Angela Neale’s letter is a timely reminder that vigilance is key in everybody’s efforts to prevent property fraud.
Land Registry is committed to combating fraud and sharing our data and skills to assist law enforcement as part of our multi-agency approach which focuses on prevention, detection, protection and education. This means we work closely with other organisations including the police and regulatory bodies such as the Law Society and Solicitors Regulation Authority to do all we can to reduce the opportunities for fraud and to identify and take corrective action when it has happened.
We have a specialist unit which reviews and oversees activities to counter fraud, and recently passed the landmark figure of property worth an estimated £50m saved by our fraud prevention measures. Our success has led to recognition of Land Registry’s counter-fraud capabilities, experience and expertise spreading throughout the counter-fraud community.
We have noted an increase in impersonation of the registered proprietor as a means of fraud and we are actively looking at the question of identity to ensure we can be confident that those involved in the transaction are the registered owners. We are also considering other measures which would improve the reporting of fraud to Land Registry. Earlier this year we launched a restriction aimed at owners who do not live at the registered property which has proved extremely popular with our customers.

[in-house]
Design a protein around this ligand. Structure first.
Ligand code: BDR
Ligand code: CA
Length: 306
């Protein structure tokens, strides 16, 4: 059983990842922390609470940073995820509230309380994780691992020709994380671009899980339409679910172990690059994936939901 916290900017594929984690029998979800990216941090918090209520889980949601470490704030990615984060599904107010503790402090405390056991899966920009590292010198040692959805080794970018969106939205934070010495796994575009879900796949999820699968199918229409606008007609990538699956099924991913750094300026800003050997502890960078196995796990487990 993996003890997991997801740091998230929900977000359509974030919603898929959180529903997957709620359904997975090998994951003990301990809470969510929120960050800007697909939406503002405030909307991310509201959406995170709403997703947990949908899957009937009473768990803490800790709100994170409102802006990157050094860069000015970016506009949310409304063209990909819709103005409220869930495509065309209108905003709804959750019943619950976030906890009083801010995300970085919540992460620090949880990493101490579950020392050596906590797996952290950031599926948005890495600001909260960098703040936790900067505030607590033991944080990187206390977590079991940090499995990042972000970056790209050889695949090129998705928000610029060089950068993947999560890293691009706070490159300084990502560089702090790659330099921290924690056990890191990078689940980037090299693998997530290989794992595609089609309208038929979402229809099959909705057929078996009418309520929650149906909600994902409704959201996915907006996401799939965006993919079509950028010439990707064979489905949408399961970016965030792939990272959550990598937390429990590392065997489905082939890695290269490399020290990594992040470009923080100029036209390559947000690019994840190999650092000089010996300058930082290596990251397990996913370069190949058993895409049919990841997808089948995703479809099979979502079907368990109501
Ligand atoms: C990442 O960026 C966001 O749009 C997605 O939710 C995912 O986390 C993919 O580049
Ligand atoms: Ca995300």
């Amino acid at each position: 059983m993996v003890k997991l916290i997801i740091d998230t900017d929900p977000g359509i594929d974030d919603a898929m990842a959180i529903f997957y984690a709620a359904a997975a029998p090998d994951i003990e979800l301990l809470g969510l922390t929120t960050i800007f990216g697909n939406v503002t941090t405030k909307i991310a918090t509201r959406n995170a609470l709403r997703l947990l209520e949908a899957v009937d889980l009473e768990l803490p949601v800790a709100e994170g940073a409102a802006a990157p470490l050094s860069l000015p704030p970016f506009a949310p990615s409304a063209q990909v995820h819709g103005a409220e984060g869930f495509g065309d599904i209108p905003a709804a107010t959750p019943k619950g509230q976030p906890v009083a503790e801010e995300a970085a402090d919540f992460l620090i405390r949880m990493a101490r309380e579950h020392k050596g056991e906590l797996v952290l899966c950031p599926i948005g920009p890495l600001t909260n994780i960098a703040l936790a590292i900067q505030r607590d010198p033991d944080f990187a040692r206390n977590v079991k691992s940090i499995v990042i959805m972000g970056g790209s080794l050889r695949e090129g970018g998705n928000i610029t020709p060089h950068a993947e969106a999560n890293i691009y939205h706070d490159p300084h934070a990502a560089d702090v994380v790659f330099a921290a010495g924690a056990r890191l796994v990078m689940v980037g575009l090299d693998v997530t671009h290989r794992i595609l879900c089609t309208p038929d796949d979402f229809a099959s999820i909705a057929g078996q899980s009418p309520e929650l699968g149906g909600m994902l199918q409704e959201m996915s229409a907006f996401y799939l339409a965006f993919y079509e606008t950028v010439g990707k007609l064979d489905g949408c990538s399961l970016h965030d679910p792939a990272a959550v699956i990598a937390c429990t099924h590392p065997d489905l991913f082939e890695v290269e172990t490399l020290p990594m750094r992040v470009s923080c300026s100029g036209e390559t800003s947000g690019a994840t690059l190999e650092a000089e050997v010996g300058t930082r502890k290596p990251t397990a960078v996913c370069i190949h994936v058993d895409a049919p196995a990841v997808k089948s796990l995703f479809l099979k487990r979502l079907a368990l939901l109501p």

The Land Register is open to public inspection to assist buying and selling of property and land. It helps combat fraud because it is transparent. We have had an open register since 1990. In many other EU countries and beyond, land registers have been open for much longer.
Alasdair Lewis, director of legal services, Land Registry